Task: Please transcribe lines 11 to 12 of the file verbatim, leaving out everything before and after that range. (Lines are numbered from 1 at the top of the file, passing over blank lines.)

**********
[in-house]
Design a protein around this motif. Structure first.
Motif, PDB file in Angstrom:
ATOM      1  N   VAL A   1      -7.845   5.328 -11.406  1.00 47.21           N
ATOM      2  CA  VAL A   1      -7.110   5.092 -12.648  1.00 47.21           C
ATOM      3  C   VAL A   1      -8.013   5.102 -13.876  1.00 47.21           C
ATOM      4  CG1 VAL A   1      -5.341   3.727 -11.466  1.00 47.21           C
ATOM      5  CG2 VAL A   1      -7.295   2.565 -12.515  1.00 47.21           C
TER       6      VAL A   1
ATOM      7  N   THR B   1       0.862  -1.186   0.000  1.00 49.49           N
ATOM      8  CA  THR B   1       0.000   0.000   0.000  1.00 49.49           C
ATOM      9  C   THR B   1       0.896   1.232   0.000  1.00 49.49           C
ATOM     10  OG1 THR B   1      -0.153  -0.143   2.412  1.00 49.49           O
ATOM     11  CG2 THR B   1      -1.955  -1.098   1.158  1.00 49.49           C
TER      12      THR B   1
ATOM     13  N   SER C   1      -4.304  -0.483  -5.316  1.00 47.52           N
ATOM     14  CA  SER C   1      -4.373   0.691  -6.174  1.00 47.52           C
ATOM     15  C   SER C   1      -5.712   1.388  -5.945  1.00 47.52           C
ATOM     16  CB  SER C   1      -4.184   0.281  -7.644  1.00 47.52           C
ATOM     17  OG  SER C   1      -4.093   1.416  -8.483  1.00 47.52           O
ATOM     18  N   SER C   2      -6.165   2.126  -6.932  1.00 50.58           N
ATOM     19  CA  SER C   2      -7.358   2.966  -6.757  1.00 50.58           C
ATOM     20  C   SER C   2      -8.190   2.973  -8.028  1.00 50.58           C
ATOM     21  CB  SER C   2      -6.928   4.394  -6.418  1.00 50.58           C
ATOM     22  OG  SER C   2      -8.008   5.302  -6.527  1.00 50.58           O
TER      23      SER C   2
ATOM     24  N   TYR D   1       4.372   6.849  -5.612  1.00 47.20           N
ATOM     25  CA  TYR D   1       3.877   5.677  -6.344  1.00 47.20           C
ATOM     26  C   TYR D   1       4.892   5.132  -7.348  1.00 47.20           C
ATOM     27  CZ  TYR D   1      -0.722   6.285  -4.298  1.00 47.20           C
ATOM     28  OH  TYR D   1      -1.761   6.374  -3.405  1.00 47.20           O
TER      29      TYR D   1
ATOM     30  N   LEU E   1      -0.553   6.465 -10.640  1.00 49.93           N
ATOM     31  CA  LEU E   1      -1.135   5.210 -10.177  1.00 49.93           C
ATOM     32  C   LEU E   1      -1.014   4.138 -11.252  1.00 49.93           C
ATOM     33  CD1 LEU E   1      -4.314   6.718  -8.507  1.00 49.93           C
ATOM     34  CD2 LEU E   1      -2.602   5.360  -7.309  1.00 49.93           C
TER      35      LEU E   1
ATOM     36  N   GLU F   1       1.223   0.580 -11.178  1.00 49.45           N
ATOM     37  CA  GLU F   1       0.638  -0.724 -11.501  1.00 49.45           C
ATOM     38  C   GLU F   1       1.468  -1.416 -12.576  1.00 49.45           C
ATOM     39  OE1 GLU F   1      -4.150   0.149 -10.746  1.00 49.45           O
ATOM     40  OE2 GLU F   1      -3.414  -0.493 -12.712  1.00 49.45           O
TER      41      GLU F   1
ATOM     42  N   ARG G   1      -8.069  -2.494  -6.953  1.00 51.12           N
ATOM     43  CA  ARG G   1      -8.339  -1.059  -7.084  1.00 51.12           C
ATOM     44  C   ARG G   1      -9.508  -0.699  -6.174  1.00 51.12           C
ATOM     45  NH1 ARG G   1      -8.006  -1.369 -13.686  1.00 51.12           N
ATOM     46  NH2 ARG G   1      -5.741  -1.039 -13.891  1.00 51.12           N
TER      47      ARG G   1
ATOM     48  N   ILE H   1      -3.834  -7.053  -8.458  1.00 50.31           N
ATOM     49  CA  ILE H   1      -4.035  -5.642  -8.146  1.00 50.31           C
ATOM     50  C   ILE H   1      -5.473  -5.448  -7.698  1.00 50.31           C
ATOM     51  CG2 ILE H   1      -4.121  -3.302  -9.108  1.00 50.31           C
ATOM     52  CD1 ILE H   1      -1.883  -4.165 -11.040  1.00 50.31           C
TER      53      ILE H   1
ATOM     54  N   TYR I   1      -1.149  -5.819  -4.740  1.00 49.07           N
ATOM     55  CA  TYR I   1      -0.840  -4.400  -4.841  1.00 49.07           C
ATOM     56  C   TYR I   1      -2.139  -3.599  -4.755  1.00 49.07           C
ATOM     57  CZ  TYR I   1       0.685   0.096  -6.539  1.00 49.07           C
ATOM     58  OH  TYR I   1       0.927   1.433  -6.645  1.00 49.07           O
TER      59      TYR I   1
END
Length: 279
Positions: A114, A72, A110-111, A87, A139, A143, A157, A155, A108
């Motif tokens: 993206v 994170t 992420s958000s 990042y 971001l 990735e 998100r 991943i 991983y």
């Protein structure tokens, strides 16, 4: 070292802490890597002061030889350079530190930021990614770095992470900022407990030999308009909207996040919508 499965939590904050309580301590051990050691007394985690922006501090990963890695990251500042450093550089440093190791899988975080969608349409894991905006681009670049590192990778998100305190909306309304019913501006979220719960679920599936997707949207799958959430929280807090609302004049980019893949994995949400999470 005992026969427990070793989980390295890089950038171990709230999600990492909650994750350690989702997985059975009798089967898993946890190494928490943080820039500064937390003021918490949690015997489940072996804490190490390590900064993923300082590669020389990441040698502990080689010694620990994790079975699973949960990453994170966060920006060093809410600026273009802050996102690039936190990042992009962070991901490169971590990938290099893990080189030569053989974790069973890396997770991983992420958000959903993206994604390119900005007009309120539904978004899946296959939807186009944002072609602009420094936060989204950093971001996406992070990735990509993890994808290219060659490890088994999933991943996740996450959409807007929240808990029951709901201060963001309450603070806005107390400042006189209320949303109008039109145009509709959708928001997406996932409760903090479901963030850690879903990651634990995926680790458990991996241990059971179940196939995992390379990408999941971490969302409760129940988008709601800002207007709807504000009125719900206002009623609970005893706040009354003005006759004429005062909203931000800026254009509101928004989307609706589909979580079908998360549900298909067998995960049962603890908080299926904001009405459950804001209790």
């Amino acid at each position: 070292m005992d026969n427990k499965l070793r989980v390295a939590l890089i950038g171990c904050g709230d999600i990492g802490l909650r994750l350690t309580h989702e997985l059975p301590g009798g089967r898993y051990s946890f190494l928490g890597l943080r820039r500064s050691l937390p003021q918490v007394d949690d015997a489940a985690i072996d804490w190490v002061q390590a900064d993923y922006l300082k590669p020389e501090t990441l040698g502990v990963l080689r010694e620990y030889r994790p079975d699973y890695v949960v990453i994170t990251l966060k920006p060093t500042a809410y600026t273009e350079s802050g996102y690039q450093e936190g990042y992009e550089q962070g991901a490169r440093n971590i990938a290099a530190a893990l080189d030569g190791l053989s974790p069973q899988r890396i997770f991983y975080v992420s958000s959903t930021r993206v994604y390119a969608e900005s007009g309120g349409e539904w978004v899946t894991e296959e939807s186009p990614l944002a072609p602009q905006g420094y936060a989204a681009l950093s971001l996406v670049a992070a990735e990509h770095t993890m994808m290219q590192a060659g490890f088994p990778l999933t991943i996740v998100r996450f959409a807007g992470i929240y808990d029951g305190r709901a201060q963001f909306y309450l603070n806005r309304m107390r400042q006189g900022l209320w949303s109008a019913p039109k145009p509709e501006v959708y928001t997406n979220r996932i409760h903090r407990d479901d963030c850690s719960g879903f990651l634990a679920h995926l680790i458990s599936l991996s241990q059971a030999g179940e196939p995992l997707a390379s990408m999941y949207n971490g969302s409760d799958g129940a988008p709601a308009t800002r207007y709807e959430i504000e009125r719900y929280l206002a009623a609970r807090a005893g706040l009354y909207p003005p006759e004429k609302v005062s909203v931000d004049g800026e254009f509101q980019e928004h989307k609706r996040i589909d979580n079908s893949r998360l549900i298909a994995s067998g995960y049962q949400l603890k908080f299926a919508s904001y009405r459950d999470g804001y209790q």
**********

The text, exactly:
ATOM      8  CA  THR B   1       0.000   0.000   0.000  1.00 49.49           C
ATOM      9  C   THR B   1       0.896   1.232   0.000  1.00 49.49           C